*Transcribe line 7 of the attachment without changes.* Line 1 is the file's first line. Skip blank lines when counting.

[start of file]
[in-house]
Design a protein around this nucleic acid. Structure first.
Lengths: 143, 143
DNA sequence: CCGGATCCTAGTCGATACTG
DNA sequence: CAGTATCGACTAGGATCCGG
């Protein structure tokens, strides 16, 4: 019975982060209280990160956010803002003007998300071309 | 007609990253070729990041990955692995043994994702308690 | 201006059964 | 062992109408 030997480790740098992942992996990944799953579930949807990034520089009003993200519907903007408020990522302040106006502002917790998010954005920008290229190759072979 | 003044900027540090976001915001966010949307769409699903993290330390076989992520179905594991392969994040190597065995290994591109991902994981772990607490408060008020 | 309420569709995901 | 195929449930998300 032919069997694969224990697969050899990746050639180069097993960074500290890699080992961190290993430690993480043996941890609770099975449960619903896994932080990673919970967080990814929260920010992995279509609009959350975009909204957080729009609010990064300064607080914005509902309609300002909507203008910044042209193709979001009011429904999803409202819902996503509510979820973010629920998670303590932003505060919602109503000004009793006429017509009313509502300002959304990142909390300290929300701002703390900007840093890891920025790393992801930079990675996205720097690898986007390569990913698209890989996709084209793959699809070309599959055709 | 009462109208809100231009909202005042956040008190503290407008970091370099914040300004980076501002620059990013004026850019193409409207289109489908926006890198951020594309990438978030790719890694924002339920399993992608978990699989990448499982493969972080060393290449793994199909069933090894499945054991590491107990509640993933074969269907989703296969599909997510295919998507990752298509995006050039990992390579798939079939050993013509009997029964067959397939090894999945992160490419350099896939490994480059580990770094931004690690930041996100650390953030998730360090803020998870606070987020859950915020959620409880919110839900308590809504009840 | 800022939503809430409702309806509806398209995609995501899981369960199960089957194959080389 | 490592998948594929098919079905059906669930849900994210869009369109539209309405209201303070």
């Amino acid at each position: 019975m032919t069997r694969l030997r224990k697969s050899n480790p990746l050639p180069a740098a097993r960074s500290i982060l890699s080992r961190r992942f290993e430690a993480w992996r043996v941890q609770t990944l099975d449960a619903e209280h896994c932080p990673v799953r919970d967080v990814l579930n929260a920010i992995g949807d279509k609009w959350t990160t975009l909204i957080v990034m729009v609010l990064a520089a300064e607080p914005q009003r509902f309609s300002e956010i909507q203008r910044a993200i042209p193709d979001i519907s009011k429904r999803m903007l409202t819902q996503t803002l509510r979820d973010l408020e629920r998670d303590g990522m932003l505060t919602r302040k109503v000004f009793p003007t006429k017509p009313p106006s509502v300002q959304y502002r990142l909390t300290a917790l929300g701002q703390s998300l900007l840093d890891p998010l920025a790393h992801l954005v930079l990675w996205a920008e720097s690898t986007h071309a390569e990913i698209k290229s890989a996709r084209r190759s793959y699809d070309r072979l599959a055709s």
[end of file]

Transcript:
């Amino acid at each position: 019975m032919t069997r694969l030997r224990k697969s050899n480790p990746l050639p180069a740098a097993r960074s500290i982060l890699s080992r961190r992942f290993e430690a993480w992996r043996v941890q609770t990944l099975d449960a619903e209280h896994c932080p990673v799953r919970d967080v990814l579930n929260a920010i992995g949807d279509k609009w959350t990160t975009l909204i957080v990034m729009v609010l990064a520089a300064e607080p914005q009003r509902f309609s300002e956010i909507q203008r910044a993200i042209p193709d979001i519907s009011k429904r999803m903007l409202t819902q996503t803002l509510r979820d973010l408020e629920r998670d303590g990522m932003l505060t919602r302040k109503v000004f009793p003007t006429k017509p009313p106006s509502v300002q959304y502002r990142l909390t300290a917790l929300g701002q703390s998300l900007l840093d890891p998010l920025a790393h992801l954005v930079l990675w996205a920008e720097s690898t986007h071309a390569e990913i698209k290229s890989a996709r084209r190759s793959y699809d070309r072979l599959a055709s």